More than half of Russians increased their spending in H1 2022
The increased spending was primarily driven by the price growth. At the same time, 68% of respondents declared their income stability or even increase, the survey showed. In the new reality of March-June 2022, 28% of Russians spent significantly more money than before. Another 32% reported a slight increase in spending. For 25%, the volume of expenses has not changed over this period. 10% began to spend a little less, and 3% – much less than before.
The most significant increase in Russians’ spending accounted for food and non-alcoholic drinks (56% of respondents), medicines (35%), clothing and footwear (28%), and household chemicals (27%). 26% said that all types of their expenses grew: most often this answer was given by residents of the Southern Federal District (37%) and the Far East (32%), while residents of Moscow and the Moscow Region answered this way least often (20%). 25% declared increased spending on transportation, including gasoline, 12% began to spend more money on alcohol.
38% of those surveyed reported their failure to reduce any spending in the past four months. This answer was given by 43% of respondents in St. Petersburg and the Leningrad Region, as well as in the Northwestern Federal District (each), 30% – in Siberia. At the same time, 28% of Russians reduced their spending on clothing and footwear, 26% – on alcohol, and 23% – on household chemicals. 9% had to cut all types of expenses.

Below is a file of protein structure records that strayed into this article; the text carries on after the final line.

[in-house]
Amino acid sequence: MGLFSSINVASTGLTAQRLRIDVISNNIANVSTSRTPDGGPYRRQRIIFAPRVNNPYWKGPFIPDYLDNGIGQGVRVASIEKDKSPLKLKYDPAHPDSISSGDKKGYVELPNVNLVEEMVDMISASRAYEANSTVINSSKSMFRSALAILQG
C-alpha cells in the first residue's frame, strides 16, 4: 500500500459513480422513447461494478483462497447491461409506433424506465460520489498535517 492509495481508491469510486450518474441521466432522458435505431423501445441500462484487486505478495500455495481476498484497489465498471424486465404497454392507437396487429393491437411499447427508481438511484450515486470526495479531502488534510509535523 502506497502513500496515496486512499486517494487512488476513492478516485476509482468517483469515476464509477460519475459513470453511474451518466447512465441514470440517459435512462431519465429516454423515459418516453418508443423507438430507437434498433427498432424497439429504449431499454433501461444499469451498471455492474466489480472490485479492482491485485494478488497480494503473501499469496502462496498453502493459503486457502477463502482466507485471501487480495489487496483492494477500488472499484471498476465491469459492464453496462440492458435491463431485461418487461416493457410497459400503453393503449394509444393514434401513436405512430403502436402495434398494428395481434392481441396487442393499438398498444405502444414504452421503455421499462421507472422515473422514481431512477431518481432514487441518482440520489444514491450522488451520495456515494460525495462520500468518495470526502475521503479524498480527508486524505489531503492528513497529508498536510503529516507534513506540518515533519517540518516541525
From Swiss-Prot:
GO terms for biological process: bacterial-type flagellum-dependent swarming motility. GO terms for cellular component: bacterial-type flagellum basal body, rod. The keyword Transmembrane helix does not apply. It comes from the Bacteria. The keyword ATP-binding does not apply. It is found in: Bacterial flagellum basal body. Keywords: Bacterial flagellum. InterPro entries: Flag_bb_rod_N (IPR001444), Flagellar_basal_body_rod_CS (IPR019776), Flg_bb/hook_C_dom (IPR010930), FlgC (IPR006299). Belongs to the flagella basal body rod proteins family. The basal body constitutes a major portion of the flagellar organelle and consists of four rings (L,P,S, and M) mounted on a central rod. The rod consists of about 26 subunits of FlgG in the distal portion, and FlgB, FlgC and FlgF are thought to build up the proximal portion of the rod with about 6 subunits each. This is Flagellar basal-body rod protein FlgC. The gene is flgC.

89% of those who increased spending referred to rising prices as the main reason for the increase in spending. 6% began to spend more due to stockpiling and fear of a shortage of certain products, 4% did it because of the family growth. The main reason for the reduction in spending for 69% of those who reduced spending was the wish to save money against the backdrop of economic uncertainty. 26% cut spending due to job loss or drop in income.
Assessing the dynamics of their incomes, 21% of respondents noted their growth, 33% – a drop. Incomes of 47% of respondents have not changed over the past four months.